This should be a very good lesson: rewrite your code, duplicating each instruction 4 times: each one to find the Length() of a different vector, one in xmm0/xmm1, the next in xmm2/xmm3 etc. You should analyze the differences in CodeAnalyst to appreciate why I am advocating this rule.

Hmmm, even with not-that-good SSE, 16x benefit for fpu doesn't make sense. FPU uses real sqrt which is like 30 cycles, which makes the whole op take around 40, which means that SSE would take 640 cycles?! No freaking way! As it's written, the code you posted shouldn't take more than 70 cycles.

Anyway, I'll test the code... still it doesn't make sense. I'm sorry this post is very long, I hope it is worth the time to read. You should be very careful with CodeAnalyst as there is one annoying bug in the current release with pipeline simulation mode. You select 'simulation', and double-click the source file to analyze, you double-click the line of code, it expands the assembly, you set a start marker... and nothing happens! You then need to go into 'Tools->Project Options' and just click 'okay' without changing anything and magically the 'start simulation' icon becomes available!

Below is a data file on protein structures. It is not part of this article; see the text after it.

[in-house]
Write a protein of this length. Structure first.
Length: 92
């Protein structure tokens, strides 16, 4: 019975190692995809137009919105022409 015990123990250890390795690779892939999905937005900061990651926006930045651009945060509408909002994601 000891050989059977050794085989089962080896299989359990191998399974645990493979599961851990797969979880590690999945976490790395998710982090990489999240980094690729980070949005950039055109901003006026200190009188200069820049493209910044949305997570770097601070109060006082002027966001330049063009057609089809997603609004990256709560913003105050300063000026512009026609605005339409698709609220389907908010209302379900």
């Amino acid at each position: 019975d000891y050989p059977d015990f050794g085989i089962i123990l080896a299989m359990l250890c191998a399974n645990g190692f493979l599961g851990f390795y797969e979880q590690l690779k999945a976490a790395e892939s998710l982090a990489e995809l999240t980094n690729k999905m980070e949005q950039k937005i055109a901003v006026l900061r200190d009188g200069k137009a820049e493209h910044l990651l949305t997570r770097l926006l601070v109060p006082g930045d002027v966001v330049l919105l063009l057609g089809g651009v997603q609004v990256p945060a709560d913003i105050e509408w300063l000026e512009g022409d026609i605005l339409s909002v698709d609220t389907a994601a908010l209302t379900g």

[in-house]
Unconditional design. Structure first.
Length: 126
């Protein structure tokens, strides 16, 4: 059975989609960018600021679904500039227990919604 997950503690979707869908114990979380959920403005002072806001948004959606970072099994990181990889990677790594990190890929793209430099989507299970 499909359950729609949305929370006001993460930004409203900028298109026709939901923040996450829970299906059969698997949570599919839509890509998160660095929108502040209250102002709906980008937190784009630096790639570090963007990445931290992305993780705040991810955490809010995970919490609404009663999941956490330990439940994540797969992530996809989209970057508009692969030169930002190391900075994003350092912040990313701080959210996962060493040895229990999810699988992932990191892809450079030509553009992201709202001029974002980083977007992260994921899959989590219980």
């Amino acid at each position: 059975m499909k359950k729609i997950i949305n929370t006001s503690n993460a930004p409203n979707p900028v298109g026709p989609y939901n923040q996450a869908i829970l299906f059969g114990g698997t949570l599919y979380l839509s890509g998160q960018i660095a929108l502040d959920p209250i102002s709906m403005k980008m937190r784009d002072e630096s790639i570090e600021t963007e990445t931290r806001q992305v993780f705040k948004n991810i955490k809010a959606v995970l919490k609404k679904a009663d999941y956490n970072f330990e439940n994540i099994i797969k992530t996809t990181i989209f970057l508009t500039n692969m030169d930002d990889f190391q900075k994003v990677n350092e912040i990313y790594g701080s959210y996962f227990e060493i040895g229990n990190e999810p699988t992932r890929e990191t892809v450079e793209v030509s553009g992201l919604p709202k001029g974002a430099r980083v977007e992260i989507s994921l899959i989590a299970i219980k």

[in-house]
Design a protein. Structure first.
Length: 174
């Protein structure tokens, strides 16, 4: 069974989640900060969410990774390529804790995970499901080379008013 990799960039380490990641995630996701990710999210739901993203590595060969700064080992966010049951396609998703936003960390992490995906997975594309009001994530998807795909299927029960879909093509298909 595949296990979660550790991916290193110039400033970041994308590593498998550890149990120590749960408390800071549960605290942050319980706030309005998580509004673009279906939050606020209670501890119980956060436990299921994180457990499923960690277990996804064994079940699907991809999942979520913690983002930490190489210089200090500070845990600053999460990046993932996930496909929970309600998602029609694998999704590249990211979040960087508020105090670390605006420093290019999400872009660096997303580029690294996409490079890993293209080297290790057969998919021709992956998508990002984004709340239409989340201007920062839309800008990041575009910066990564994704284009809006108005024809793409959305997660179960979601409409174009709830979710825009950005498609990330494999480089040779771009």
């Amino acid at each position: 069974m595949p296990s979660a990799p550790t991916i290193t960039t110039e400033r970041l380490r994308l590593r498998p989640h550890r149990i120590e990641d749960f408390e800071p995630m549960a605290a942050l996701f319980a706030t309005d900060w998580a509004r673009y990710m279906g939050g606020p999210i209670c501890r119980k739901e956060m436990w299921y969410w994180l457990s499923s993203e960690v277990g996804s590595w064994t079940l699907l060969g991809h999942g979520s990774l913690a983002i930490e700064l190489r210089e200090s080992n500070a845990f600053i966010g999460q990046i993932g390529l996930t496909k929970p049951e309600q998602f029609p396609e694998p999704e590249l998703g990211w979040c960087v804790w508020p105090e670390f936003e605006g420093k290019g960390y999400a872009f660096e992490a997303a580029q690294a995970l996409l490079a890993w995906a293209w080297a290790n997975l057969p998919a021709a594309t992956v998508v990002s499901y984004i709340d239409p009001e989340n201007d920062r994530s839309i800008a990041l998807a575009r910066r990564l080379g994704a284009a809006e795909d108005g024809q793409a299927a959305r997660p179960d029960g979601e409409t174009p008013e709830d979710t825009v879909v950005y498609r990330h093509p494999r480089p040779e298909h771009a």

It is a very crude toy, but holy crap is it useful.

[edit] regarding "prefer binary to hex as an argument to shufps", your comment is wrong! Your comment says y,x,w,z, but the code says x,y,w,z! Of course it doesn't affect the algorithm, but you should recognize it immediately as a flaw in the hex representation.

If you said 'shufps xmm0, xmm0, 00011110b ; Shuffle: f1, f0, f3, f2'
anyone reading this code, were there some error he were studying, would see this as an inaccurate comment. With 04Eh, it is much less obvious, to the point where the observer might just accept the comment, rather than do the hex computation in his head. Anyway, I am berating an insignificant point. I hope this is at least slightly useful.

[Edited by - ajas95 on June 19, 2005 10:33:34 PM]

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Thank you for your detailed reply! I shuffled my code around a bit to look more like yours and amazingly enough it now runs as fast as it should! I'm not sure what about the other way I was doing it that was making it hang so badly, but I'm glad it now runs fast. I'm new to SSE programming, so I'm still trying to discover the best ways to do things. By the way I was using Intel's VTUNE to do my performance analysis, but I will look into CodeAnylist as you suggest. Again, thank you! I'm also curius to see if you ran the code I posted and what results you got from it.